Darwin/Chicago 2009

October 27, 2009 • 8:46 am

Our big University of Chicago DarwinFest, organized by Bob Richards, Neil Shubin and me, starts this Thursday and goes through Saturday evening. It features a glittering panoply of biologists, philosophers, and historians of science, reprising the famous U of C conference of 1959.

Our formal registration is full up, with 600 people having plunked down their fee, but we’ll still accept some walk-ins. The website is here and the program is here. I’ll report as much as I can consistent with my helping run the thing. In the meantime, here’s the schedule for the plenary session at Rockefeller Chapel this Thursday evening (Lewontin was my Ph.D. advisor).

6:00 p.m. Welcome by Robert Zimmer, President of the University of Chicago

6:15 p.m. Richard Lewontin (Harvard University): “Genetic Determination and Adaptation: Two Bad Metaphors”

7:00 p.m. Ronald Numbers (U. of Wisconsin): “Anti-Evolutionism in America: Scientific Creationism to Intelligent Design”

7:45 p.m. Marc Hauser (Harvard University): “From Where do Morals Come? NOT Religion!”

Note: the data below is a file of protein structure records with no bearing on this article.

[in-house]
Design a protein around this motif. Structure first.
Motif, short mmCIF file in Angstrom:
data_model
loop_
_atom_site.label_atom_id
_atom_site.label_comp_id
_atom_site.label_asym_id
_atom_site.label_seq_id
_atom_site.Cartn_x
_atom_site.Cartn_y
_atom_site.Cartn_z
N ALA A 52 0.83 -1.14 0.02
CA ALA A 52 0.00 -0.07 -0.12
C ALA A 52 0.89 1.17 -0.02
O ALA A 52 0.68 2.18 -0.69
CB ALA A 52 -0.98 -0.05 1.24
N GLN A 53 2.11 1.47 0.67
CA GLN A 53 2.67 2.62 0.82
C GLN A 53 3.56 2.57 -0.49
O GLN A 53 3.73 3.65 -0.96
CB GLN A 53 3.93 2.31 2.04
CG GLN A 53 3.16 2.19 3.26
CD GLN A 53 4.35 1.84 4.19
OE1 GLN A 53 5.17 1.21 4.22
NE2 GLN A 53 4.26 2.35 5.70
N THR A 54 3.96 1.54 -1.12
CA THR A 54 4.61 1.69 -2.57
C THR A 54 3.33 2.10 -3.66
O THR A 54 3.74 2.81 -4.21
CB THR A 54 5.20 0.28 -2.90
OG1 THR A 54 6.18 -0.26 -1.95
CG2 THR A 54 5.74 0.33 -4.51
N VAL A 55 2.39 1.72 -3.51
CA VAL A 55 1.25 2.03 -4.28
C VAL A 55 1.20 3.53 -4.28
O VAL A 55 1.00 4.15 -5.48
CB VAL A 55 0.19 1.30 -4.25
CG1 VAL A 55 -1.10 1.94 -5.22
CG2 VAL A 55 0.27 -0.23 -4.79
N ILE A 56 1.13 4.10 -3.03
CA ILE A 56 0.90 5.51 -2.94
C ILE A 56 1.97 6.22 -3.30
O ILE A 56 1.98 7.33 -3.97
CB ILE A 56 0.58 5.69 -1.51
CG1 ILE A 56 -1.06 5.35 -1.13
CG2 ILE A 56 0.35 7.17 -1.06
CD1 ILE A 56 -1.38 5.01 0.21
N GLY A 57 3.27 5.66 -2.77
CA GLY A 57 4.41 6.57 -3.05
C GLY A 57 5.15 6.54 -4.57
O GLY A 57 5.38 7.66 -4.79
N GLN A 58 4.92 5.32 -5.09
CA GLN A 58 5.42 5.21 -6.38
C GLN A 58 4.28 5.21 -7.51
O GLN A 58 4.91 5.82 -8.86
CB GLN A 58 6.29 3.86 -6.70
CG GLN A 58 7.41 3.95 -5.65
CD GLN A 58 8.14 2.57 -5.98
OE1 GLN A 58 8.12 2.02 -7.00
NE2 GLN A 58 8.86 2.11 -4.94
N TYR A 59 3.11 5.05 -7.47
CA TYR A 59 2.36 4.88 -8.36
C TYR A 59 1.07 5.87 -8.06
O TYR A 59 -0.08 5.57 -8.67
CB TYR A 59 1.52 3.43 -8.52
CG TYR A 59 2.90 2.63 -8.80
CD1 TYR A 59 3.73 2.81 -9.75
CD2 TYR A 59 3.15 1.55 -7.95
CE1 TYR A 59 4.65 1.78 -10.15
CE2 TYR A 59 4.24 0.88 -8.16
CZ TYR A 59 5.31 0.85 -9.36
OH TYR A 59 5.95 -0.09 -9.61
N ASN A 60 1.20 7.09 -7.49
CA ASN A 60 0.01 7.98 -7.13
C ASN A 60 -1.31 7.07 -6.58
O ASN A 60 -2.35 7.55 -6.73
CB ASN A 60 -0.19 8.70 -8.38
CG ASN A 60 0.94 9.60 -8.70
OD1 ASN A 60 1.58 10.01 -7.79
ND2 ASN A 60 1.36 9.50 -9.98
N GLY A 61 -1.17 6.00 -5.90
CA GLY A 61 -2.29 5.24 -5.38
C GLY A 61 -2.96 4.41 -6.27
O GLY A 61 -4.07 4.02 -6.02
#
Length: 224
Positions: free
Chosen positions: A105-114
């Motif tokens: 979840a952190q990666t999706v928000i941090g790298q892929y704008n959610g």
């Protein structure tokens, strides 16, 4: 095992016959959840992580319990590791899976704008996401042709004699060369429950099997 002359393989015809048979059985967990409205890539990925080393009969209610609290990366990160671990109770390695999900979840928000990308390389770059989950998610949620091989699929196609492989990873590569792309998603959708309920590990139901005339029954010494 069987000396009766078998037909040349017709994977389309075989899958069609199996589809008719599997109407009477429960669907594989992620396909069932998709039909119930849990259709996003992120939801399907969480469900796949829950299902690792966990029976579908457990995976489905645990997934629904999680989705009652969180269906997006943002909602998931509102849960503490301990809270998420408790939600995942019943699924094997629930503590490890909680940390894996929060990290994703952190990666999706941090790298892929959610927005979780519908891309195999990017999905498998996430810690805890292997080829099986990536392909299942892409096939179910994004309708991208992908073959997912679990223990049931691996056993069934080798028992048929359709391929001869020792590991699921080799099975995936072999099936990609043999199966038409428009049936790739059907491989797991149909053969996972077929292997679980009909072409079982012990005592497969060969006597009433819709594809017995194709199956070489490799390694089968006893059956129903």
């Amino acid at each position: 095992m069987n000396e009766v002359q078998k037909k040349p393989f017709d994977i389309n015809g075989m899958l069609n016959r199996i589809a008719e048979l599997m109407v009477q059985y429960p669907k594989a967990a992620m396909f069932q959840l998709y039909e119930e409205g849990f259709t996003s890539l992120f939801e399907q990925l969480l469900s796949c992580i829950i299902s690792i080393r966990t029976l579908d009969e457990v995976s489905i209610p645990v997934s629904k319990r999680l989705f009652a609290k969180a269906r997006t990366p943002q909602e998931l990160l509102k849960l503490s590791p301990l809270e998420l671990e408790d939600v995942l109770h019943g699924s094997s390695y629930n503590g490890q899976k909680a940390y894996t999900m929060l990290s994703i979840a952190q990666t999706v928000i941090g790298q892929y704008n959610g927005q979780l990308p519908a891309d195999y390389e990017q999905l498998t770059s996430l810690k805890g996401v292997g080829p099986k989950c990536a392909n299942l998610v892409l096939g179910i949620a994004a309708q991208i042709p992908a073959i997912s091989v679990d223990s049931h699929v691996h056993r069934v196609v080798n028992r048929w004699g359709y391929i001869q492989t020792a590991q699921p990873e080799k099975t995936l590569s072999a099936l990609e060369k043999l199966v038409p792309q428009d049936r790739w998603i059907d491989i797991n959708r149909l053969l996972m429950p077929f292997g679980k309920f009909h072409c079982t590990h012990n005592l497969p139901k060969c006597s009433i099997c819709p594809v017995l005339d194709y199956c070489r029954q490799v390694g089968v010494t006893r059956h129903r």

Here’s a snap of Julian Huxley at the plenary session in 1959, also at Rockefeller Chapel:

Sir Julian Huxley The Evolutionary Vision- webpage-smallFig. 1. Preaching to the choir.

9 thoughts on “Darwin/Chicago 2009

      1. That’s excellent news. It’s great to see that such events aren’t going to be restricted by geographic location. I lament that being in Australia means constantly missing out on great lectures by individuals whom I admire.

        It seems a great way to propagate science too, the more information available to the general public the better. If nothing else, it equips us layman with the information required to tackle the various forms of pseudoscience that infest the general culture.

  1. I am confused:

    Richard Lewontin (Harvard University): “Genetic Determination and Adaptation: Two Bad Metaphors”

    I guess I really want to see what this one is about. My first interpretation is that it is anti-Darwin, but what do I know?

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